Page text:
Yahoo! have announced that they are going to cut 14% of its workforce, about 2,000 people, in what will be the biggest restructuring in the company’s history – but the question remains as to what direction the newly slimlined company should take. It still has a huge number of pageviews across its various properties – but it is going to need to adapt if it is going to survive in the increasingly competitive web-content marketplace.
This big reorganisation comes just a few months after Scott Thompson took over the position of CEO, and is a move to try and counteract Yahoo!’s continued slide in marketshare to competitors such as Google, Facebook, and AOL/Huffington Post. Yahoo!!’s share of the web advertising market has slipped from a high of 15.7% in 2009 to just 9.5% last year, and the company needs to take drastic measures to try and prevent further decline and save money whilst doing so.
Thompson looks like a good man for the job after doubling the revenues of eBay’s PayPal unit when it was under his control – but the content industry is fickle in comparison to that of finance, so it will be interesting to see where Thompson takes the company. We have already seen plans for Yahoo! to start producing and premièring TV shows like Cybergeddon, but it will need to do much more to halt its slide against the low-expense and low quality competitors for eyeballs like the Huffington Post. Yahoo will also have to stop looking at companies like Facebok and Twitter as competitors and instead to start embracing their social tools within its content properties and make sure its content is being shared as widely as possible.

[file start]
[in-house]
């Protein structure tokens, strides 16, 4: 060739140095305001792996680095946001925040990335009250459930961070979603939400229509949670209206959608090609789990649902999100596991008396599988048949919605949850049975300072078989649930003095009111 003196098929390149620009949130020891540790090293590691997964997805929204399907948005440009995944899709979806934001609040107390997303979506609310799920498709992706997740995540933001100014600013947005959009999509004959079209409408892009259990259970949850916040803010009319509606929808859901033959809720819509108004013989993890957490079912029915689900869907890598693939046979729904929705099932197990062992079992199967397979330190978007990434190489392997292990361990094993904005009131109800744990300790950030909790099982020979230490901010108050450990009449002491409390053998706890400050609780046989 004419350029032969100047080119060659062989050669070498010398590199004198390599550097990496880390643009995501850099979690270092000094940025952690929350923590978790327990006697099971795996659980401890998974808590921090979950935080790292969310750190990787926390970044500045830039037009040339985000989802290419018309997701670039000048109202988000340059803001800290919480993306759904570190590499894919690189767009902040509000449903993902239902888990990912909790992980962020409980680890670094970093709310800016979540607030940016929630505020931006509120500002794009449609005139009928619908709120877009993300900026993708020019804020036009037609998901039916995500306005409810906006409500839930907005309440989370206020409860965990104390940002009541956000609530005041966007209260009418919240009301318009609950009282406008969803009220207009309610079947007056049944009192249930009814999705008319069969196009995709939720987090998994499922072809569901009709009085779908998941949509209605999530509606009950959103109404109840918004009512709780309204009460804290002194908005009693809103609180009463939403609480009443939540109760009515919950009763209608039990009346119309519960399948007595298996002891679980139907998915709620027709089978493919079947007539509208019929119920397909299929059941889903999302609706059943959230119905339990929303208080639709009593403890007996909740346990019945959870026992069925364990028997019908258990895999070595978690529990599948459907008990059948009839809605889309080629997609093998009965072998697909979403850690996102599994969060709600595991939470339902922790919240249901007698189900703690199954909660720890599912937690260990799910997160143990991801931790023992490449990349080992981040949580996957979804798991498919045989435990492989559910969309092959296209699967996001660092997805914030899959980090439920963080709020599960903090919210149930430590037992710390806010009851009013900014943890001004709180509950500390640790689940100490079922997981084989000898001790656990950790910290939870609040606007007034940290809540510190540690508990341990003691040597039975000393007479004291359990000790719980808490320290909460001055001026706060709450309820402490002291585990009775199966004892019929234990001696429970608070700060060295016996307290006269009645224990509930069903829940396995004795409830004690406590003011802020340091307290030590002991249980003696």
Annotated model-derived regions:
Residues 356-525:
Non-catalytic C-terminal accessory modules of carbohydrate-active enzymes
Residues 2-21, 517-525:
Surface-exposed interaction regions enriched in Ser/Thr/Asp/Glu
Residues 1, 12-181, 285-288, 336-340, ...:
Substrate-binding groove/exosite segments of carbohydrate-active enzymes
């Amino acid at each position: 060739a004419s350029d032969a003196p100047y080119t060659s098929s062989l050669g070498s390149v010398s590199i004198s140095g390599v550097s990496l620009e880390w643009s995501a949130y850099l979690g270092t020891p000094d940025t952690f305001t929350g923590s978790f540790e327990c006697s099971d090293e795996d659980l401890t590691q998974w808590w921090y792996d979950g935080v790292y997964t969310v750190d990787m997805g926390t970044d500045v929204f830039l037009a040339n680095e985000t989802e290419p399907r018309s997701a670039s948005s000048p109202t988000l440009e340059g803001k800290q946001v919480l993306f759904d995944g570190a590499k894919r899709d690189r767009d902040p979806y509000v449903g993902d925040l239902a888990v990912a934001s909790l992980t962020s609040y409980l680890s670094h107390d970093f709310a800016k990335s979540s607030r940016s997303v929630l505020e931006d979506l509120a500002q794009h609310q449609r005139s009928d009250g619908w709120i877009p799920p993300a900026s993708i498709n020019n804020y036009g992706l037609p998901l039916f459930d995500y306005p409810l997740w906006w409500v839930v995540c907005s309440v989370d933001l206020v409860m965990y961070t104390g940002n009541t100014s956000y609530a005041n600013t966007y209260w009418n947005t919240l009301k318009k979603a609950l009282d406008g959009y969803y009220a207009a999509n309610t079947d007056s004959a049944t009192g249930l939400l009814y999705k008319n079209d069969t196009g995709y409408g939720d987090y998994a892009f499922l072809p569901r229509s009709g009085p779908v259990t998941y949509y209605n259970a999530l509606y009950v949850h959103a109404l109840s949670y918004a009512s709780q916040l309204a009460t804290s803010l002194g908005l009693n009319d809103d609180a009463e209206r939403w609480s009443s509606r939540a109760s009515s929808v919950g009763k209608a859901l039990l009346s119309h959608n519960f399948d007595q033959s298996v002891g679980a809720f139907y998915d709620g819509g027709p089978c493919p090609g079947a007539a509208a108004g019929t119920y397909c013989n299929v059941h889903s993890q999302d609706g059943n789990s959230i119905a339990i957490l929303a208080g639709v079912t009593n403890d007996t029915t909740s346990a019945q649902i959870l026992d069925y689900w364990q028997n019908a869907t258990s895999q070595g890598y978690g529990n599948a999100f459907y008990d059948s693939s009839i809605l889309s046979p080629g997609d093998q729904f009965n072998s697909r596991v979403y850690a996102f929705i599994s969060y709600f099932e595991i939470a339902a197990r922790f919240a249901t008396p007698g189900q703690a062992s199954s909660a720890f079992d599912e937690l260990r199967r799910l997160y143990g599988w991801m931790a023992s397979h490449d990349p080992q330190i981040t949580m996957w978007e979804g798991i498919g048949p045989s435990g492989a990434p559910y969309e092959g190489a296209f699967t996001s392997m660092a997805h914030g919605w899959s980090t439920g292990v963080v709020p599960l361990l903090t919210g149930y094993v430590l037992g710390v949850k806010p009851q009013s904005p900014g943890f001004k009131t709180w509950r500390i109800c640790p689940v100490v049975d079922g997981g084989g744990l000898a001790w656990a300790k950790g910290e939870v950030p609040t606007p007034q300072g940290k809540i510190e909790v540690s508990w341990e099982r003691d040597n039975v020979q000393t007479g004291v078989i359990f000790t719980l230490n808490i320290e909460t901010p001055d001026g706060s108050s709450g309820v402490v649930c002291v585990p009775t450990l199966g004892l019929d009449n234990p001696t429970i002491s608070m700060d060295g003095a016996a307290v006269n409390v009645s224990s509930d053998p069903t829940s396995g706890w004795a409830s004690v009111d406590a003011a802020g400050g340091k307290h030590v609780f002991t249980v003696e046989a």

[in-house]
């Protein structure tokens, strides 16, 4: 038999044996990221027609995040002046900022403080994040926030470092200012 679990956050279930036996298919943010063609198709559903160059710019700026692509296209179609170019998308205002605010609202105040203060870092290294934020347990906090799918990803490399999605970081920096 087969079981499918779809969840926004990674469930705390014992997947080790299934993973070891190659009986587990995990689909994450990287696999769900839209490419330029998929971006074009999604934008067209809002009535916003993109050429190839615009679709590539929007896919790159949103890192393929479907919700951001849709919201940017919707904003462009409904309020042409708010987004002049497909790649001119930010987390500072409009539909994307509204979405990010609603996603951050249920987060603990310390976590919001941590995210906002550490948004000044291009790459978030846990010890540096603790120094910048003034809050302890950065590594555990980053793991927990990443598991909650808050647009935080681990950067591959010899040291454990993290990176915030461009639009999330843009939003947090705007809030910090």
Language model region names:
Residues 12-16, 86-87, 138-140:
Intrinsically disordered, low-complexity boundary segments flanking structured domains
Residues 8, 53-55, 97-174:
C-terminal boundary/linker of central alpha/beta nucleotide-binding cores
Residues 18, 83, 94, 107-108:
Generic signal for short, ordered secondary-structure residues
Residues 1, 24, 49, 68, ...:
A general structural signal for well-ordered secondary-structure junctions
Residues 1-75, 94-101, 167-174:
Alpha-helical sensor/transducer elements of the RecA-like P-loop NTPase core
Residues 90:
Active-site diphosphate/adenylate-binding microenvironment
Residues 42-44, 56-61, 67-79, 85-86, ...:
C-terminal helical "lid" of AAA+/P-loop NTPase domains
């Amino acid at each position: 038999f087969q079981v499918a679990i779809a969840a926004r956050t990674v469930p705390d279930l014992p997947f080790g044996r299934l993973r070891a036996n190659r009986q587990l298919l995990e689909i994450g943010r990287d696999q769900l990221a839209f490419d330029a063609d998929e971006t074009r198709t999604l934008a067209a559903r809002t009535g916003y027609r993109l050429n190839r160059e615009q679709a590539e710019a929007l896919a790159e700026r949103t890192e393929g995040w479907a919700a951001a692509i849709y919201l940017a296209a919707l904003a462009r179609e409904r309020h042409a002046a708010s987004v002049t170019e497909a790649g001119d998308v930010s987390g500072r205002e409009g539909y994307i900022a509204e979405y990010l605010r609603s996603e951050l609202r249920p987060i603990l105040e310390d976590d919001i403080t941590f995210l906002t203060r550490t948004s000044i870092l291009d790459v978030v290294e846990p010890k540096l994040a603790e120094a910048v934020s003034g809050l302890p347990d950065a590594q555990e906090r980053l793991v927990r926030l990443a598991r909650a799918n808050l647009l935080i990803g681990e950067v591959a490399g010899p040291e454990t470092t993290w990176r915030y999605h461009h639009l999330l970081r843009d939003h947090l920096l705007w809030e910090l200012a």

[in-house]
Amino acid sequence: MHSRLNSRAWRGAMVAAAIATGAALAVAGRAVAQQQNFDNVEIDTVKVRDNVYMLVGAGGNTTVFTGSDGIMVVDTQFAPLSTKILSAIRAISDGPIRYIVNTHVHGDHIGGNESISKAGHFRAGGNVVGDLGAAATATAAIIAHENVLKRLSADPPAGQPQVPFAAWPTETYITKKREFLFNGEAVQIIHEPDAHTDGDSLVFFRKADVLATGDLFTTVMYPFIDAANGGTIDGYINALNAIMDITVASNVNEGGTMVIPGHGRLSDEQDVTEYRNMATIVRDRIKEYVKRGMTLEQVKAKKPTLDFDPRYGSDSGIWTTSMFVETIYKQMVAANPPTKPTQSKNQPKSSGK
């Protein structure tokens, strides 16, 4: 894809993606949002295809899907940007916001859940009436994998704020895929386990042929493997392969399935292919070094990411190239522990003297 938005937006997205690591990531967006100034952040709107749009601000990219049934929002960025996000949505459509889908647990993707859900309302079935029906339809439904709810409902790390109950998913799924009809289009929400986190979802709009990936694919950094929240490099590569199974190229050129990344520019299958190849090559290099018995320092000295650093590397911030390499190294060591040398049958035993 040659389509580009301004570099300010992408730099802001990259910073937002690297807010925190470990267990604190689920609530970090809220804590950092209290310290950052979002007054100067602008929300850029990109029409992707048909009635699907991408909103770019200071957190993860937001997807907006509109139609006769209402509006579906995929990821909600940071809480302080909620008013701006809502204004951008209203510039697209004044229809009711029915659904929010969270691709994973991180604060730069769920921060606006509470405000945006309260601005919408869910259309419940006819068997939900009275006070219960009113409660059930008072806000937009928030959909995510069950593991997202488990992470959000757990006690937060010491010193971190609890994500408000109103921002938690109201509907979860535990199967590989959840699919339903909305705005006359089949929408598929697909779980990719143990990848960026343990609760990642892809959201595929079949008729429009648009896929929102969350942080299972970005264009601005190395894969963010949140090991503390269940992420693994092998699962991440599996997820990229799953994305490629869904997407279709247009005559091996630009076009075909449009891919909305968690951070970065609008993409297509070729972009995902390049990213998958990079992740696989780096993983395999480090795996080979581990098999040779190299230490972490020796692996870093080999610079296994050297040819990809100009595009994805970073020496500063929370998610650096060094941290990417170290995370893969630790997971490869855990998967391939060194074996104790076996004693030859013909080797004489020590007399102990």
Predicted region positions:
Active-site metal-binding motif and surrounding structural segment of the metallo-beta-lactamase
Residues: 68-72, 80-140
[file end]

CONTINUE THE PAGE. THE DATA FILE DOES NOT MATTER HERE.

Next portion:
Yahoo! should also start looking inward to see why startups do not want to be bought by the company. Flickr has been basically left out in the cold against new rivals like Instagram where they should have immediately competed and dominated the space, and Delicious effectively died whilst under Yahoo!’s control – despite it being a very popular tool pre-acquisition and now growing again after it was set free. The internet is forcing companies to adapt and evolve faster than any technology that has previously existed, and to maintain a powerful position within this sector, Yahoo! will need to work out why new businesses and ideas do not flourish within itself like they do at Google and Facebook.
Cutting down a bloated workforce and making everything more efficient is a good start, but they need to give their engineers more freedom to make new services, and make themselves more attractive to outside start-ups if they are going to reverse their continued decline.